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Hot Weather, Hot Seats, Hot Reptiles

As summer begins, the spotlight will be on the dunes sagebrush lizard (will it get an endangered listing or not?), former EPA regional head Al Armendariz (who's testifying in Washington) — and, of course, the perpetual question of whether the electric grid has enough juice.

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Summer has officially started in Texas — and that means more strain on the electric grid powering all those air conditioners.

"Resource adequacy" is the perpetual watchword at the grid operator, ERCOT. The Massachusetts-based Brattle Group is releasing a highly anticipated study on how to keep the lights on in Texas in the future. ERCOT expects to get through this summer with calls for conservation and without rolling blackouts, but the real question is how to make sure there is enough power going forward for Texas' growing population — at a time when low natural gas prices discourage companies from building more power plants. The Brattle Group report promises a supply-side and a demand-side look at the issue. 

Things will also get a little hot for Al Armendariz, the recently departed regional head of the Environmental Protection Agency. On June 6, Armendariz is scheduled to appear before the U.S. House Energy and Commerce Committee (specifically the subcommittee on energy and power), whose Republican members are no doubt looking forward to a televised grilling. Armendariz resigned in April after comments from 2010 surfaced comparing his approach to oil and gas regulation to a "crucifixion" of violators. The Hill has reported that Armendariz is appearing voluntarily.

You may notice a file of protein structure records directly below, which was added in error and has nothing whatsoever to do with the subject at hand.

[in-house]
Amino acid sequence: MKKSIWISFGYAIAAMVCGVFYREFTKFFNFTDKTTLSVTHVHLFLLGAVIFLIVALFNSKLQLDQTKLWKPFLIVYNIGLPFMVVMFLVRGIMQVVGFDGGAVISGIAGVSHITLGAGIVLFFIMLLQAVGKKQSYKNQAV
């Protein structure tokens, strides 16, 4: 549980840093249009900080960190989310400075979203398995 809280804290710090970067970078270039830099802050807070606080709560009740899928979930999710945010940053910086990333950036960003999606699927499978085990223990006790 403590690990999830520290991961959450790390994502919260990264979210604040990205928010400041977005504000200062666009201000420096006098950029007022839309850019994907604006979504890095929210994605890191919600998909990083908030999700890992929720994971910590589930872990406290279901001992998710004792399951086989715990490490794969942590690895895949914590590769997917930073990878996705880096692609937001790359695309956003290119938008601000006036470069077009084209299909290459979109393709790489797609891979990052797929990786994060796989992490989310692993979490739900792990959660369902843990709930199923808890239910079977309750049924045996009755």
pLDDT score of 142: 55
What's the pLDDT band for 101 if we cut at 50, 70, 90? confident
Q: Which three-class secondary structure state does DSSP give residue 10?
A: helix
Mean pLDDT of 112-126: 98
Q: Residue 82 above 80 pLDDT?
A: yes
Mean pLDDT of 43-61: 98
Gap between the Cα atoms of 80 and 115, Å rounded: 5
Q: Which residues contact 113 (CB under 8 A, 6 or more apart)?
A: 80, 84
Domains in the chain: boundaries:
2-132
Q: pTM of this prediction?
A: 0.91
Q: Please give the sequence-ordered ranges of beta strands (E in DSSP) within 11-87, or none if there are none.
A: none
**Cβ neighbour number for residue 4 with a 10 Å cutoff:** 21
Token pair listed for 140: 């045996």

Oil and gas awaits another big development this month involving the dune sagebrush lizard. By June 14, the U.S. Fish and Wildlife Service must decide whether to list the species as threatened or endangered. The lizard's habitat includes the booming oilfields of West Texas, and that industry has made no secret of its stands against a listing. In a visit to Midland last month, Interior Secretary Ken Salazar hinted that a listing could be avoided if enough voluntary agreements to preserve lizard habitat came through. If a listing occurs, look for an explosive reaction from the oil and gas industry — not to mention the four Republican candidates still competing in runoffs for two Railroad Commission seats. 

Speaking of oil and gas, the Texas House Committee on Energy Resources is expected to hold a hearing on fracking in late June (the schedule is not yet set). Word is that the committee will look at water issues; probably economic development and regulations will also be covered. And the Texas Railroad Commission will be reviewing its rules on natural gas flaring, which has been an issue in the Eagle Ford Shale, where natural gas pipelines have not been laid fast enough to keep up with the drilling, and also in West Texas.

Finally, in other news, a big solar confab is happening in Austin June 3-8, and a major building-systems group called ASHRAE, which covers energy efficiency, is holding a conference in San Antonio June 23-27. And on June 24, the Natural Resources Defense Council will release its annual report on the nation's beaches — so we'll see how Galveston et al hold up.

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